The people behind GrubHub, an online service that lets users order from their favorite local restaurants, are experts at customer context. Let’s say you place your order and pay, but forget to add the tip to your credit card. You login to your account to chat with a representative online. There’s a count down that shows your place in line; while waiting, you enter your name and question. Once you have a rep on the chat, they simply ask how much of a tip you’d like to leave and then confirm that it’ll be sent along to the restaurant. In under a minute, you receive an e-mail with the adjusted price. The rep never asks you to repeat your inquiry and they don’t need to confirm your order information because you’re already logged in. The process is hassle-free, fast and intuitive.

Ultimately, customer context leads to better customer service. Context gives meaning to interactions and helps the contact center agent recommend an appropriate course of action. Brands are able to meet customer expectations, no matter how demanding they are, and companies can evolve their relationships with customers as they move along the journey.

First Contact Resolution Best Practices

First contact resolution (FCR) is one of the key performance metrics of any contact center. FCR is an integral performance indicator, for both the customer experience and for determining the operational efficiency of the contact center. Several factors are responsible for FCR, including complexity of transactions, agent experience, quality of agent training and the tools that the contact center uses. Consider incorporating the following FCR best practices into your strategy.

1. Analyze the repeat contact that occurs across all contact channels. This offers a broad spectrum of insight about the interactions that are happening. Root cause analysis can be used to identify the reasons why customers aren’t having their issues handled during first contact.

2. Analyze customer profiles for predictive contact patterns. Create customer profiles based on this analysis and leverage customer information to provide intelligent service automation and routing. When contact center agents know the prior efforts of a customer, they can provide customized guidance during the interaction.

3. Track contact reasons on various channels. Customers will use preferred channels for specific contact reasons. Staff can be allotted to these communication channels based on expertise and ability to achieve FCR. Additionally, the omni-channel customer experience should include self-service options, but sometimes the customer isn’t able to solve their problem on their own. When communication is routed to an agent, the agent should be alerted to the reason for the call so they can pick up where the customer left off.

4. After reviewing contact patterns and analyzing customer profiles, identify inefficient or problematic contact center strategies. Then, conduct process and policy evaluations to find out which procedures can be changed to prevent future problems.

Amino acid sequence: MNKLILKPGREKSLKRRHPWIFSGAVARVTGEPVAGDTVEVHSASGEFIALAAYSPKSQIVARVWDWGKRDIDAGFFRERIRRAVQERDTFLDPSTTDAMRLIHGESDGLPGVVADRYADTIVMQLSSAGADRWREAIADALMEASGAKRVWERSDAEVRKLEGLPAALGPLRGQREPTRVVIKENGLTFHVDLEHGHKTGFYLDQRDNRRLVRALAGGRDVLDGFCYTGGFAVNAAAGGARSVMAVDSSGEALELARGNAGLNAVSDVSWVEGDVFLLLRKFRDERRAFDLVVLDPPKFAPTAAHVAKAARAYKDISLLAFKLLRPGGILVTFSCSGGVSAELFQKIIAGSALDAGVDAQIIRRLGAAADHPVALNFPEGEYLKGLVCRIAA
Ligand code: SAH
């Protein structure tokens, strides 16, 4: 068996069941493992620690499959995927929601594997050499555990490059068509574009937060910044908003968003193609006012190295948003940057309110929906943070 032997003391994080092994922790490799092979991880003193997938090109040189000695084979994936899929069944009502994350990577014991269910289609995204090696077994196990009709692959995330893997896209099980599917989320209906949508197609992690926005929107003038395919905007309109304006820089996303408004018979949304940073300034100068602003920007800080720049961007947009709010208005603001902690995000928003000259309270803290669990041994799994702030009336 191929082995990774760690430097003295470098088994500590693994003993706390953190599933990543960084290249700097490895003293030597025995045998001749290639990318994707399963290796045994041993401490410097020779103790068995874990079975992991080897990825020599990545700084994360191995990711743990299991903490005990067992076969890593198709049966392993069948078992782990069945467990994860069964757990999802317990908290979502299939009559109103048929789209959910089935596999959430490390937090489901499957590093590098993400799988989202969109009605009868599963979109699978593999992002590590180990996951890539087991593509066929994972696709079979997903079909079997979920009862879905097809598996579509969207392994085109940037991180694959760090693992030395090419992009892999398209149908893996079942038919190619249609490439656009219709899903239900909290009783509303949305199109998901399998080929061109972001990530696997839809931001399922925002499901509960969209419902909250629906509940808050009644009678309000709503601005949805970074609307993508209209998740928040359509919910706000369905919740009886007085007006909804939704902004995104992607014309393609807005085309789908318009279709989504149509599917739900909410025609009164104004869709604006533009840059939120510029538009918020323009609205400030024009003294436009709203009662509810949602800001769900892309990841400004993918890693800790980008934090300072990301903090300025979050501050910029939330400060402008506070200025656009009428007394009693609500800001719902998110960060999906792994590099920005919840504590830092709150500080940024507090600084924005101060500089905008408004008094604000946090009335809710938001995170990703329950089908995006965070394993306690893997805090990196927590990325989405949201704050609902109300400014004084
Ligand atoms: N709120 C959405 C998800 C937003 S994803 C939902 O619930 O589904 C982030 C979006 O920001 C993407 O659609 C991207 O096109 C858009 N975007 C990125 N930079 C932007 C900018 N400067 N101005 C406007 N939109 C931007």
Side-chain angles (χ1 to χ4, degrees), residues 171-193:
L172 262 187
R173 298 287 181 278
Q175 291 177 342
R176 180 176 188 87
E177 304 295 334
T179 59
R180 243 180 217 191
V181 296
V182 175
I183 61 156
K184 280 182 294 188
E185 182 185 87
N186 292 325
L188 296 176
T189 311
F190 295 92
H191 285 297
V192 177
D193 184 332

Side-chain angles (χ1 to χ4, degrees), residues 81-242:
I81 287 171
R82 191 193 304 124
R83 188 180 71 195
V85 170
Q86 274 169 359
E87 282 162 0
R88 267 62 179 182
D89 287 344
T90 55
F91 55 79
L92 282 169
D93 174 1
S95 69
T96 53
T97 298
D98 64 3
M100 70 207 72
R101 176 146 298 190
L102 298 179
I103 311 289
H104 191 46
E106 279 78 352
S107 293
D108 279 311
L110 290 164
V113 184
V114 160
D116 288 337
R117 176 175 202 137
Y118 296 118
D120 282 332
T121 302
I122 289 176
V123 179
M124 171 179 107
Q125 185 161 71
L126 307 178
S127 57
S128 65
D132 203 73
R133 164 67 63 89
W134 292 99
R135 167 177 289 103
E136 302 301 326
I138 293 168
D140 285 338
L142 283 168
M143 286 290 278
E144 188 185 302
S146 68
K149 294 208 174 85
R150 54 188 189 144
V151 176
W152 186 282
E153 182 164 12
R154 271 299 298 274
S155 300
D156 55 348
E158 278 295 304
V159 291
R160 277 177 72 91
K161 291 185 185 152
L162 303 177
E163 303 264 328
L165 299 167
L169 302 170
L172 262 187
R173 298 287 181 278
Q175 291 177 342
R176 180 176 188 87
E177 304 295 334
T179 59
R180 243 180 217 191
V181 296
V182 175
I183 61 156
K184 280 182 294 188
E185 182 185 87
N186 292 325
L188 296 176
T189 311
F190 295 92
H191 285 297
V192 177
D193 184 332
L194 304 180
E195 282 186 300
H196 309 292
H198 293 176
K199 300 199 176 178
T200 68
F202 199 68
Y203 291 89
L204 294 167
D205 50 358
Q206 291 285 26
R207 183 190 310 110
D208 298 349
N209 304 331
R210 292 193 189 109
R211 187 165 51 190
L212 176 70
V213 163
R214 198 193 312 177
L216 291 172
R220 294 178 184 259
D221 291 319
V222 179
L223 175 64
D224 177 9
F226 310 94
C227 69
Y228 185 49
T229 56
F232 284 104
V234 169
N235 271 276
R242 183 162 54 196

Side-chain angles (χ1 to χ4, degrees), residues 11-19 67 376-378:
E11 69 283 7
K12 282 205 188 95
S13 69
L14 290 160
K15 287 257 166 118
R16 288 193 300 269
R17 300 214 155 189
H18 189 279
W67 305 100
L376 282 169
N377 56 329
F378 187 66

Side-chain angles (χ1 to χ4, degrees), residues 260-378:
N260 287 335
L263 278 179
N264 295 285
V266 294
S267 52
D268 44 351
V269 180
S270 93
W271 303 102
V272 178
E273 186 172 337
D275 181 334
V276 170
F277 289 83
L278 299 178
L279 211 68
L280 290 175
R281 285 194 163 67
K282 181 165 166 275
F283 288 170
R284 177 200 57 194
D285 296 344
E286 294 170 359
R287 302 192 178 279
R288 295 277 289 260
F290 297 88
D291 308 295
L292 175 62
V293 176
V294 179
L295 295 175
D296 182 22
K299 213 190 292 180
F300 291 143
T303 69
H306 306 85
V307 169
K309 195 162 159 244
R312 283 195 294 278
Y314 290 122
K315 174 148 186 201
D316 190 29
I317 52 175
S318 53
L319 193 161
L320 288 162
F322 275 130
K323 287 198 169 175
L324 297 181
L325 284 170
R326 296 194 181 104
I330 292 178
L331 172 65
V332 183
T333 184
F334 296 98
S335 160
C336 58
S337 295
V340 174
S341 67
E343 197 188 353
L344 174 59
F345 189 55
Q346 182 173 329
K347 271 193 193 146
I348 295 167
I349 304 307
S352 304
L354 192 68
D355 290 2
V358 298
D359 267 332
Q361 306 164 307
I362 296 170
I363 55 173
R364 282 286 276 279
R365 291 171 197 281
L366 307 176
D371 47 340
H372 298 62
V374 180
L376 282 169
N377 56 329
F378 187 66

6. Some contact center managers choose to identify situations where FCR is not possible and then subtract those types of contacts from the equation. For example, if manager approval is required for waiving charges, escalation is necessary and FCR cannot occur. This type of contact is sometimes taken out of the FCR equation.

7. Don’t close incidents and assume that FCR has been achieved until the customer considers the issue closed. Many customers say that one of the main reasons for repeat contact is because they’re not satisfied with the response they received, even if it was actually the correct response. If you don’t take this into account, the contact center’s FCR rate could seem higher than it really is.

It’s not realistic to believe that every single issue will be able to be resolved during first contact. For most contact centers, there are situations that require additional work, research or help. However, to see FCR improve means that the customer experience and the contact center’s efficiency are both progressing.

Contact Center Software Features to Improve the Customer Experience

Contact center software should offer features that enrich the customer experience.  The following features should be considered.

Callback or Voicemail from Queue

Instead of waiting for the next available agent, many customers are happy with opting to have an agent call them back when it would normally be their turn in the queue. Once a caller is placed in the queue, they are given an option to continue waiting or to be called by an agent. If the caller also wants to leave a message for a particular agent or department, they can do that as well.

Interactive Voice Response (IVR) and Self-Service Options

The customer experience begins before the customer is even connected to an agent. With IVR, callers are routed to the agent that they need to talk to regarding their specific inquiry. IVR helps improve first call resolution and increases customer satisfaction. Sometimes, a customer doesn’t need an agent at all, but can instead solve their problem with self-service IVR. Hours of operation, directions, and even basic account changes can often be handled electronically.

Warm Transfer and Call Conferencing

Ending all transfers would be great, but it isn’t realistic. Even when IVR does its job and connects the caller to the right agent, the caller may have a second issue that needs to be addressed by another agent. When a transfer is necessary, the warm transfer is the best option. Agent #1 speaks with agent #2 about the caller’s inquiry, which means the customer doesn’t have to repeat themselves. Or, instead of transferring the caller, the second agent can be conferenced in.

VIP Routing and Dedicated Phone Numbers

High value customers are important to a brand. By tagging a customer as a VIP, they can skip the waiting queue and be immediately connected to an agent. It helps to also assign a VIP tag to the contact center’s best agents so that the inquiry is handled as flawlessly as possible. Additionally, VIP customers can be given direct phone numbers to their “personal” agent. When it’s not possible for an agent to answer a VIP call, the customer can leave a voicemail for a specific agent or team.